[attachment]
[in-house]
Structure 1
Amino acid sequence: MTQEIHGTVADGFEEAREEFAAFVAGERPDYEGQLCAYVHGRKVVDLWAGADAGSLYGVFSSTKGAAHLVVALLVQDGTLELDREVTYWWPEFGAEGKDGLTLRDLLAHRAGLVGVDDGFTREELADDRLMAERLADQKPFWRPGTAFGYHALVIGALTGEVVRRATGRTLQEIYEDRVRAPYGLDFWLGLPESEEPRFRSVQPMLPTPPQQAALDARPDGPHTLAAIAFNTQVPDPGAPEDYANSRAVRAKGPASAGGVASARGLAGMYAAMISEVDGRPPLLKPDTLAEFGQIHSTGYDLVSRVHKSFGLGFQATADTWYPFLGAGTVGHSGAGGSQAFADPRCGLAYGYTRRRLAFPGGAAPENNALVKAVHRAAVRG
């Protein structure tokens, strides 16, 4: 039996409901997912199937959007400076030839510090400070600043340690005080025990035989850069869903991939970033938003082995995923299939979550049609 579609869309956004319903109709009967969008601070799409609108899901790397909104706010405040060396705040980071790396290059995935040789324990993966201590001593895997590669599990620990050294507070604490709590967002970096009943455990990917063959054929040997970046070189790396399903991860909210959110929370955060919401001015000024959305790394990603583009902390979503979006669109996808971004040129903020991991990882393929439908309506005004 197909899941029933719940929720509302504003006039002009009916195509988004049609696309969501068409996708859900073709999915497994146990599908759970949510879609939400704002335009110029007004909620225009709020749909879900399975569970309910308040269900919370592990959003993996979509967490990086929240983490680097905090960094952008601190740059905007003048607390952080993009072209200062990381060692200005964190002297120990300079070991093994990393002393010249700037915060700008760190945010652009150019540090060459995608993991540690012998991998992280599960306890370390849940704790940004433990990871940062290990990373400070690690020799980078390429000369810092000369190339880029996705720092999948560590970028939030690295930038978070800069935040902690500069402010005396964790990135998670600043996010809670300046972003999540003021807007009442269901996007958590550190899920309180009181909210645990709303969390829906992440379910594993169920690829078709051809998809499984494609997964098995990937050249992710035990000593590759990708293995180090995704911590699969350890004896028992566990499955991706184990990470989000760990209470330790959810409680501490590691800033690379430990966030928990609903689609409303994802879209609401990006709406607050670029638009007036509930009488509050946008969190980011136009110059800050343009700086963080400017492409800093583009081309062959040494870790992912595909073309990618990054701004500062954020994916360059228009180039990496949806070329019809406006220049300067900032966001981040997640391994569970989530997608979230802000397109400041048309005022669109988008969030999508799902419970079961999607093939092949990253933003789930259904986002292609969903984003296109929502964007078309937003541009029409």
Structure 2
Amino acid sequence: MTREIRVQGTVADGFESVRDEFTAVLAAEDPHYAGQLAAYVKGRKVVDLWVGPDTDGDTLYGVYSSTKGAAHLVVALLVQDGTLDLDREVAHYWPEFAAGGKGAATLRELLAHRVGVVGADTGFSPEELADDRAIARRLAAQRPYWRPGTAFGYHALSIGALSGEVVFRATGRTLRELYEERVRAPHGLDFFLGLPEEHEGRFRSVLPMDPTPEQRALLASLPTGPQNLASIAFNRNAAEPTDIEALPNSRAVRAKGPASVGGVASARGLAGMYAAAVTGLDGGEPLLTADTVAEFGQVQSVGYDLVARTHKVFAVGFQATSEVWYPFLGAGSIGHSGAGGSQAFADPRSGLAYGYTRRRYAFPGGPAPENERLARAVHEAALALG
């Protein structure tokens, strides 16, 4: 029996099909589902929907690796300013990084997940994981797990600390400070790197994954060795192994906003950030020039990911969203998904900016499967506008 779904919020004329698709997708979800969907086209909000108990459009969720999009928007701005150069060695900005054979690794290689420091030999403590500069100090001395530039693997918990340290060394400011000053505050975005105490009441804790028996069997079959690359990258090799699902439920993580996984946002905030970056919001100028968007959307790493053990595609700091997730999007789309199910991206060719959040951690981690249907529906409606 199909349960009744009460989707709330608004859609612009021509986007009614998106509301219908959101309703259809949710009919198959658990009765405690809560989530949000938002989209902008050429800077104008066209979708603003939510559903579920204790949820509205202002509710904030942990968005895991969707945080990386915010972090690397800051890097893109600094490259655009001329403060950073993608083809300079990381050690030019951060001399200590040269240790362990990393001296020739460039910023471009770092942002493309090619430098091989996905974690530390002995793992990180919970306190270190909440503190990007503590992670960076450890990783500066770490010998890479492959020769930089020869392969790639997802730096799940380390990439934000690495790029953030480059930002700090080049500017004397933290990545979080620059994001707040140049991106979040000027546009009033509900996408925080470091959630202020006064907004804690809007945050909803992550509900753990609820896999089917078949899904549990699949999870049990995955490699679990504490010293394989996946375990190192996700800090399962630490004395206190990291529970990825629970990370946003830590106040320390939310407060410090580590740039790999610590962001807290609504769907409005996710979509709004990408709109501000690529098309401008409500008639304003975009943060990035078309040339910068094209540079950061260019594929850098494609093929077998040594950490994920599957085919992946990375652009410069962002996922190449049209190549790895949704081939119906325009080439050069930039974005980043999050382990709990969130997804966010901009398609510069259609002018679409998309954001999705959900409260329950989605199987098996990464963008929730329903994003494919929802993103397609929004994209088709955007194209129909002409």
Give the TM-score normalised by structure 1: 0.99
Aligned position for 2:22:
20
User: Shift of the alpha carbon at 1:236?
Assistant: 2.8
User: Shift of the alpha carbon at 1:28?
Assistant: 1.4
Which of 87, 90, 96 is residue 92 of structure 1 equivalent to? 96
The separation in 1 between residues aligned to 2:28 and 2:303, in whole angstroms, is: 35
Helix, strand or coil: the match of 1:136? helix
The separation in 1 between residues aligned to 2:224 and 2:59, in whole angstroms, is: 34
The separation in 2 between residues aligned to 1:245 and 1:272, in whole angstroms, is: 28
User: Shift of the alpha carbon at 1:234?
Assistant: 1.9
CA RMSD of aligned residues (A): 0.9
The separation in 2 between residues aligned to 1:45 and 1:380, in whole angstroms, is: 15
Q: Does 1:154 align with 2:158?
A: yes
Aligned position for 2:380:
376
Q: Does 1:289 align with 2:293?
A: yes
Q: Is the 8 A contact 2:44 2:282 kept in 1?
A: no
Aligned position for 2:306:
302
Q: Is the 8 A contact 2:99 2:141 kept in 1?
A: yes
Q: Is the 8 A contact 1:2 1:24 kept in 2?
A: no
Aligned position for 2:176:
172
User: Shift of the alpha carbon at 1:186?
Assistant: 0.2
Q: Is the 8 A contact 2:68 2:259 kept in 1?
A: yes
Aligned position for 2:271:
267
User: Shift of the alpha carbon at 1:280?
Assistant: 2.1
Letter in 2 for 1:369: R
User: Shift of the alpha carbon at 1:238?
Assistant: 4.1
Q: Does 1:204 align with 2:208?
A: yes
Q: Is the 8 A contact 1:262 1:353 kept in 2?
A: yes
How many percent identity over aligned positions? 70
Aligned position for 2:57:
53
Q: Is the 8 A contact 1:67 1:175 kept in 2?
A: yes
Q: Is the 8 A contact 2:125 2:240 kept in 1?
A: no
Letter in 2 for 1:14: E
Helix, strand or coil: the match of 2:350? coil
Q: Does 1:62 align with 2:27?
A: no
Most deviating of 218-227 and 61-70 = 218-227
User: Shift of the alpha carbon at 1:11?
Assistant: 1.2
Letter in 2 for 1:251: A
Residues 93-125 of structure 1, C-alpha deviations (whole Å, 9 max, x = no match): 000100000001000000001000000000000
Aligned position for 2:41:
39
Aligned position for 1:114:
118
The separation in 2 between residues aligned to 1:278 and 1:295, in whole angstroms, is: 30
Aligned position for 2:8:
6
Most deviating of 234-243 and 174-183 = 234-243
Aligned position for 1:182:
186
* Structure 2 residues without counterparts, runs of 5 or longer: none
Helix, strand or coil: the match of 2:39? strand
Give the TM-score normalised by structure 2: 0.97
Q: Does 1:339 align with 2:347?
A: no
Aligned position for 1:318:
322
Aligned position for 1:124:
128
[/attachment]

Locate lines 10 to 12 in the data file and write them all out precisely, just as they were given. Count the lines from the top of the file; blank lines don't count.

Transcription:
20
User: Shift of the alpha carbon at 1:236?
Assistant: 2.8